In the central Piazza Garibaldi is the Governor’s Palace, the original building of which dates back to the 13th century. After undergoing numerous changes, its present form dates back to the second half of the 18th century. If you look carefully at the part of the palace on the corner of Via Cavour, you will notice the sample of the “Parmesan brick,” the ancient unit of measurement of Parmesan builders, embedded and framed in the wall.
It measures approximately 28 centimeters long, 12 centimeters wide, and 5.6 centimeters thick. The brick measure, displayed in antiquity by the kilnsmen, served to prevent the placing on the market of dwindling sizes and the resulting fraud.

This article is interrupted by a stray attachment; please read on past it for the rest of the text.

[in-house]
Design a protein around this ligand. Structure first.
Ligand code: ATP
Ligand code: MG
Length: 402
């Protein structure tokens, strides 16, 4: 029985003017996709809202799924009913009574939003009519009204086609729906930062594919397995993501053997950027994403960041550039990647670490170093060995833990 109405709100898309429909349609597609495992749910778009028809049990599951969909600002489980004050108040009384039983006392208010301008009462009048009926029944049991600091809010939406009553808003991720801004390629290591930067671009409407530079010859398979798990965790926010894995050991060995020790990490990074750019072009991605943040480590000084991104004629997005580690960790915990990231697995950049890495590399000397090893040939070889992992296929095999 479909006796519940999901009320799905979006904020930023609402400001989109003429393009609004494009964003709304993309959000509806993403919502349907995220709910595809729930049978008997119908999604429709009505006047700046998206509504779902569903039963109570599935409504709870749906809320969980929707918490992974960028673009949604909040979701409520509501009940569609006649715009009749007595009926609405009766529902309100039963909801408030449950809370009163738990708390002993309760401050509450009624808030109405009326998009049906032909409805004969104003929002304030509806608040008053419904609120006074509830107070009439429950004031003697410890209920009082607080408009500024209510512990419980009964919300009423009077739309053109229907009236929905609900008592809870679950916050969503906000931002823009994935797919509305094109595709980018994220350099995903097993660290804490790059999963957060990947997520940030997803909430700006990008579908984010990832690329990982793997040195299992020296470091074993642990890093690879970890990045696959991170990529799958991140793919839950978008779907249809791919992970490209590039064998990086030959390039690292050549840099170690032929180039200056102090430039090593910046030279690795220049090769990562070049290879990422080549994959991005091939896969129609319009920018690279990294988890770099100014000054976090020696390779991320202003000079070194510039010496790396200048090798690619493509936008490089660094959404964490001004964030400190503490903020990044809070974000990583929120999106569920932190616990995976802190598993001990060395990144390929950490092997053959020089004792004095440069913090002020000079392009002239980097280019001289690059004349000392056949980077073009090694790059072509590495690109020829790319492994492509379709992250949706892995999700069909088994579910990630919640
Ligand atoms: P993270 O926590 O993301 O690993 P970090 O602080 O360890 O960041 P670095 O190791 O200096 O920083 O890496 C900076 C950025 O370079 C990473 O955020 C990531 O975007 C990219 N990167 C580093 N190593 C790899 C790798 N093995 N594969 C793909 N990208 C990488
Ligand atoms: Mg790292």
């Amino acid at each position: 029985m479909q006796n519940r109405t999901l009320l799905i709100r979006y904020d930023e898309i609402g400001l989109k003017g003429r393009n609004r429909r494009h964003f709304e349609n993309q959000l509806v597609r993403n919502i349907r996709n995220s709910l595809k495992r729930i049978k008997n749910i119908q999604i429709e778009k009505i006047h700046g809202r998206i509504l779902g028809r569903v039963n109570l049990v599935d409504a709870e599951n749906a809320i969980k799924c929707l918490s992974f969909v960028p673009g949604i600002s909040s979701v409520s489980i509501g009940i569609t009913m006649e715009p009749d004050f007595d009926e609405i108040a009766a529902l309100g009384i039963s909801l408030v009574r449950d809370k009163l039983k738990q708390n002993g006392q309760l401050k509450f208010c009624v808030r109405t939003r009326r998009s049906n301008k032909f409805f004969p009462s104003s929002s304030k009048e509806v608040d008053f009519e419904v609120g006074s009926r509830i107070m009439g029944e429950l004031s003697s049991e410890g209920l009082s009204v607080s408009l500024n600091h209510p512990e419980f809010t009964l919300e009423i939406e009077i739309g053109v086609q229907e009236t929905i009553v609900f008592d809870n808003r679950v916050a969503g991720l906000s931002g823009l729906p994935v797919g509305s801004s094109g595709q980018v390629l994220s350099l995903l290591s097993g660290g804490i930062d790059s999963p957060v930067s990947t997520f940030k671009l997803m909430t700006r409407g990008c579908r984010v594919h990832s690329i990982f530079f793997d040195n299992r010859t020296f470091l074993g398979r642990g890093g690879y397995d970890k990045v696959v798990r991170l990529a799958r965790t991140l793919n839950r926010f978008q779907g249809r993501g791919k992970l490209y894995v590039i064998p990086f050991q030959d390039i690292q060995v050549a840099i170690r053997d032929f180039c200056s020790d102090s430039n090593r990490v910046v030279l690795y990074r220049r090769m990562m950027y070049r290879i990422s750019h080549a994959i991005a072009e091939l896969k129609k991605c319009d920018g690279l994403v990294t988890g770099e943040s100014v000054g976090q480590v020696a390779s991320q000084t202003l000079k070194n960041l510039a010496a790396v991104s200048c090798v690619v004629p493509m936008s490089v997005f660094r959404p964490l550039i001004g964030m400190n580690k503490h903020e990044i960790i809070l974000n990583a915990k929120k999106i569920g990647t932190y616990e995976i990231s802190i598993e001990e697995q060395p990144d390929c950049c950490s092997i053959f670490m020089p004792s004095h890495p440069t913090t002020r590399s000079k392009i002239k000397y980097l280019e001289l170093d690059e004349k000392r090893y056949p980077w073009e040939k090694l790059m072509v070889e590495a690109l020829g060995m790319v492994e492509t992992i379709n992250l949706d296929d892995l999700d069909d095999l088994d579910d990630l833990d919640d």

The ancient Italian units of measurement were local units in use throughout the centuries in different parts of Italy. Although they often had similar names, they had very different origins and values. As early as the 11th century, the different local realities realized their own units of measurement. Over time, boundary changes led to heterogeneous units of measurement being brought together under the same administration with obvious problems for duties, taxation, and trade. Rare and not very fruitful were some attempts at unifying units of measurement, for which it would be necessary to wait until the 19th century, when local units of measurement were gradually replaced by the metric system.